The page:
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From: "Objections To Anarchism," by George Barrett, Freedom Pamphlet, Freedom Press, 127 Ossulston Street, London, N.W.1., 1921.

Objections to Anarchism

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No. 1.

What will you do with the man who will not work?

First of all, let us notice that this question belongs to a class to which many others belong. All social theories must obviously be based on the assumption that men are social: that is, that they will live and work together naturally, because by so doing they can individually better enjoy their lives. Therefore all such difficulties, which are really based on the supposition that men are not social, can be raised not against Anarchism alone, but against any system of society that one chooses to suggest.

Questions 11, 12, 13 and 15 belong to this class, which are merely based on supposition. My opponents will realise how futile they are if I use a similar kind of argument against their system of government. Suppose, I argue, that having sent your representatives into the House of Commons they will not sit down and legislate, but that they will just play the fool, or, perhaps, vote themselves comfortable incomes, instead of looking after your welfare. It will be answered to this that they are sent there to legislate, and that in all human probability they will do so. Quite so; but we may still say "Yes, but suppose they don't?" and whatever arguments are brought forward in favour of government they can always, by simply supposing, be rendered quite useless, since those who oppose us would never be able to actually guarantee that our governors would govern. Such an argument would be absurd, it is quite true; for though it may happen that occasionally legislators will sit down and vote themselves incomes instead of attending to the affairs of the nation, yet we could not use this as a logical argument against the government system.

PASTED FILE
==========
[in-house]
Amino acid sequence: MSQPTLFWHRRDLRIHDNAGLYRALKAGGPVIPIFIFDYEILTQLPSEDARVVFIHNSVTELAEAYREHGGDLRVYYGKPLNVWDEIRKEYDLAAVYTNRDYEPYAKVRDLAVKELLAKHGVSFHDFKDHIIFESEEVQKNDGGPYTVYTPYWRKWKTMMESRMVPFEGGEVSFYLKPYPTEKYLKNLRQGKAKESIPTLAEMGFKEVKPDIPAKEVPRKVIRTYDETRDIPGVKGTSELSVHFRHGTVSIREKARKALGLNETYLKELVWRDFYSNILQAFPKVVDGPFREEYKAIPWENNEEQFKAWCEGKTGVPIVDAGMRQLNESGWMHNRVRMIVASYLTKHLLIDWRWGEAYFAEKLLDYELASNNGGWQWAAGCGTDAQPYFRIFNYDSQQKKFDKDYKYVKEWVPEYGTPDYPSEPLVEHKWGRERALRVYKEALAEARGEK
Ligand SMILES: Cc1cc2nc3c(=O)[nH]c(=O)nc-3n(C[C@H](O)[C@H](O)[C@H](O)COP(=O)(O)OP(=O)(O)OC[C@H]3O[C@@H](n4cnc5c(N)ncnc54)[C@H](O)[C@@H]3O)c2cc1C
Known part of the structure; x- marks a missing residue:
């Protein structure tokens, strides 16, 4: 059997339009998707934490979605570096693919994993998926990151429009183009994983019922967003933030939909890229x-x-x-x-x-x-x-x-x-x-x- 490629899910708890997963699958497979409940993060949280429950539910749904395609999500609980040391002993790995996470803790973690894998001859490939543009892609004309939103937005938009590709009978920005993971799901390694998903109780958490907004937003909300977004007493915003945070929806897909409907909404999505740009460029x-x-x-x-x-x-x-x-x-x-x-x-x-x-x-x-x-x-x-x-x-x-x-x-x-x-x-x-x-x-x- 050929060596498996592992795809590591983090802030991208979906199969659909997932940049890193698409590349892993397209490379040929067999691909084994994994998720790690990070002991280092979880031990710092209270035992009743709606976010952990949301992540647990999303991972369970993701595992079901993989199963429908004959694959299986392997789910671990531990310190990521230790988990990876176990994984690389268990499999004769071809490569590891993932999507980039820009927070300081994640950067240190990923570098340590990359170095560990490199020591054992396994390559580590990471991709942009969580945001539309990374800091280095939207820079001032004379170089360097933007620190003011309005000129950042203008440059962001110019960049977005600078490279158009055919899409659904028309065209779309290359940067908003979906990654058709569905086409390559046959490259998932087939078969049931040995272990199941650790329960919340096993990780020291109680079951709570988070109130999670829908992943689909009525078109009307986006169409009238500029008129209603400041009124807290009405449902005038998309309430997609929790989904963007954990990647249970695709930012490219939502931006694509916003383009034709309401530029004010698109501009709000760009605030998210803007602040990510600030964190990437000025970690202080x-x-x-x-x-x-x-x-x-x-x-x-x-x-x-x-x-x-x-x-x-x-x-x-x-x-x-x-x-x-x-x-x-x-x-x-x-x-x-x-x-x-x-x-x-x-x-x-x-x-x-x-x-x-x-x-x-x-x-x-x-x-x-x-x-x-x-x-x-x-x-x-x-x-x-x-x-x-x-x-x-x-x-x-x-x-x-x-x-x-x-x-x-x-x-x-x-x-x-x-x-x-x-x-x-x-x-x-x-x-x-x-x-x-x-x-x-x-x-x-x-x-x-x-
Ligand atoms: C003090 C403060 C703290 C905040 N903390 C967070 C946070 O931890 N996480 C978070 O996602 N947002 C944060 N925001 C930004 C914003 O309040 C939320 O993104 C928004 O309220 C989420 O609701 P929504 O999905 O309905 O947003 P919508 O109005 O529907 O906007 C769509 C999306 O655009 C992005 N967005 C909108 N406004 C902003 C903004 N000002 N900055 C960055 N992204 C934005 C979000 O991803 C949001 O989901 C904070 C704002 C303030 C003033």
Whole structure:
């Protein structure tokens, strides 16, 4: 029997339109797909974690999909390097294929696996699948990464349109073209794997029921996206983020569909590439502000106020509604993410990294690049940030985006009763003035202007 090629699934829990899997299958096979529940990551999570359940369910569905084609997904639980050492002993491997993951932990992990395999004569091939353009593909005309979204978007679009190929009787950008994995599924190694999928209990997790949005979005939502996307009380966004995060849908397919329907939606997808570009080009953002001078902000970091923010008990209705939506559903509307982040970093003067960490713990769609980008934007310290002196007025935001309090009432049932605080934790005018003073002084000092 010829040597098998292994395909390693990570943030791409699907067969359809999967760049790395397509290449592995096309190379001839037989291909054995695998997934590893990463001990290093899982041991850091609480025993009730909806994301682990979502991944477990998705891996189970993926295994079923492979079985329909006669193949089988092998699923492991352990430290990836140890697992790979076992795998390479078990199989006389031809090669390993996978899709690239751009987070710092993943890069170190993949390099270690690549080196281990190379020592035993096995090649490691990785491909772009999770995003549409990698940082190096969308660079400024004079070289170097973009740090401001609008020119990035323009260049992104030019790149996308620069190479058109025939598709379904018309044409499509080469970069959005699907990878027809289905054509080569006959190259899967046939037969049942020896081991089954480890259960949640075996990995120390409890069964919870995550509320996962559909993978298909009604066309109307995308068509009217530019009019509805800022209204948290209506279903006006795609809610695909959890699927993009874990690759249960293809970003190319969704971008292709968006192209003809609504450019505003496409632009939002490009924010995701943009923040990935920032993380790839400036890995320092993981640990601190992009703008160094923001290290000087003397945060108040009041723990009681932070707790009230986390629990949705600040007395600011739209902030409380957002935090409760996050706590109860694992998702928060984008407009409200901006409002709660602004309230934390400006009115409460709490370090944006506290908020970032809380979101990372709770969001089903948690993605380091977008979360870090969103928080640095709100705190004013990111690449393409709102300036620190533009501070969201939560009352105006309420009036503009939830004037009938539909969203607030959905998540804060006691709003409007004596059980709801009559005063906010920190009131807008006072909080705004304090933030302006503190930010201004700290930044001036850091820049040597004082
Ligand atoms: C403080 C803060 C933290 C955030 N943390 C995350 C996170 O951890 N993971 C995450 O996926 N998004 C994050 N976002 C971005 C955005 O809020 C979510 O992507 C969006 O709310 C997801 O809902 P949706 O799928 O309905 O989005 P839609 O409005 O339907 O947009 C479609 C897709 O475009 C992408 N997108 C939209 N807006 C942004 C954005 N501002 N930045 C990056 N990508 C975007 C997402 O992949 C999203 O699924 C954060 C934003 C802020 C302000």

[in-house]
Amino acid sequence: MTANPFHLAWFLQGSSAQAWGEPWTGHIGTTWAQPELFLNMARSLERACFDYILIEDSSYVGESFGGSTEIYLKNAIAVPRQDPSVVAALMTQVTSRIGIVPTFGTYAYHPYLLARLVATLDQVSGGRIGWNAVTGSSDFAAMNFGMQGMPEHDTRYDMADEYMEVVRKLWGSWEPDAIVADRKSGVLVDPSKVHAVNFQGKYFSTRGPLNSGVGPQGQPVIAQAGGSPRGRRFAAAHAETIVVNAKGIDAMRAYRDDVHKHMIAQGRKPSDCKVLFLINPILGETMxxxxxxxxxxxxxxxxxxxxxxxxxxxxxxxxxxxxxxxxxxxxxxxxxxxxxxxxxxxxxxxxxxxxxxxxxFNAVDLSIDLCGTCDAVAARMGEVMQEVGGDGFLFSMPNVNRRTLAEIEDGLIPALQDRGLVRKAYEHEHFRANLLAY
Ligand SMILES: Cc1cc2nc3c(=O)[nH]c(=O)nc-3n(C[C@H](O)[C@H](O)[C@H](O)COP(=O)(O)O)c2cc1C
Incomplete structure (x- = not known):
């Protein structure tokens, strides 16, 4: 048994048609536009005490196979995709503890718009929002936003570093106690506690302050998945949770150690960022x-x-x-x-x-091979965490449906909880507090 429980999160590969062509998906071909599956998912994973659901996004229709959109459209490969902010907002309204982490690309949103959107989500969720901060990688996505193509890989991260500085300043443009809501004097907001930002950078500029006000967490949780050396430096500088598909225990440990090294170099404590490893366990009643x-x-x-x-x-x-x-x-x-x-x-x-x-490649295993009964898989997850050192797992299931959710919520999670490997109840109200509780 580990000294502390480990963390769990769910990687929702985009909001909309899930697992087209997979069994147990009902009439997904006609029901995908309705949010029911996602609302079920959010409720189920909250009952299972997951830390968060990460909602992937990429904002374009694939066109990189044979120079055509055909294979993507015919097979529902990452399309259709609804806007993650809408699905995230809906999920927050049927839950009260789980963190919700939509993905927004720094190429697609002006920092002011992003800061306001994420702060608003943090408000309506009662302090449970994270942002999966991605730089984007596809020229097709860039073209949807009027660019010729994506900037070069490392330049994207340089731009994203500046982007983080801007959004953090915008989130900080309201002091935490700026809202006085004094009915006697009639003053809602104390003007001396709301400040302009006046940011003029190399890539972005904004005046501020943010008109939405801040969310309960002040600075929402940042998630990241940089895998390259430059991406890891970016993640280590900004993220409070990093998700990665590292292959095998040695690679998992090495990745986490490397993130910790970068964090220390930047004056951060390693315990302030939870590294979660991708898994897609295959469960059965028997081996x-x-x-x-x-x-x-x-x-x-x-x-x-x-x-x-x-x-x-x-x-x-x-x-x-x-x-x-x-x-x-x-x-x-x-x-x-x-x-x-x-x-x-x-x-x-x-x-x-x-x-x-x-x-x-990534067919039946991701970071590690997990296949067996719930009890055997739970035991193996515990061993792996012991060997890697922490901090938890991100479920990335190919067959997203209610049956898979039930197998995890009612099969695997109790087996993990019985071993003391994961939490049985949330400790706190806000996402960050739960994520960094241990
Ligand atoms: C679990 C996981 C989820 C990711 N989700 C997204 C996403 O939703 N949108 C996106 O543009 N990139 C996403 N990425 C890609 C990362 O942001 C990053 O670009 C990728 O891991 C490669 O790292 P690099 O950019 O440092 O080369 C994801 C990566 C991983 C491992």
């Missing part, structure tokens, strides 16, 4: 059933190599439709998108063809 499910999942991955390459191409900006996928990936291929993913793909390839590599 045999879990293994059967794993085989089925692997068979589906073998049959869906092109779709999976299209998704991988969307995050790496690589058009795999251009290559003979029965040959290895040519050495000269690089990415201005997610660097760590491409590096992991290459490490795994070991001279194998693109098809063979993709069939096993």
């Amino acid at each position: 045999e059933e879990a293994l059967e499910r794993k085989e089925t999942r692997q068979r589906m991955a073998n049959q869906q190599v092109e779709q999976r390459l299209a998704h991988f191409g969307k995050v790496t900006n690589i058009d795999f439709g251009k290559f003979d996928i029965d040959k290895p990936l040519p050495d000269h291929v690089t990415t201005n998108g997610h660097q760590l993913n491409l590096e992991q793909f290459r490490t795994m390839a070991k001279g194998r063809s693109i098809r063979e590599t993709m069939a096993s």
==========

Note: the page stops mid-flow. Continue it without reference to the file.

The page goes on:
Similarly, when we are putting forward our ideas of free co-operation or Anarchism, it is not good enough to argue, "Yes, but suppose your co-operators will not co-operate?" for that is what questions of this class amount to.

It is because we claim to be able to show that it is wrong in principle that we, as Anarchists, are against government. In the same way, then, those who oppose Anarchism ought not to do so by simply supposing that a man will do this, or won't do that, but they ought to set themselves to show that Anarchism is in principle opposed to the welfare of mankind.



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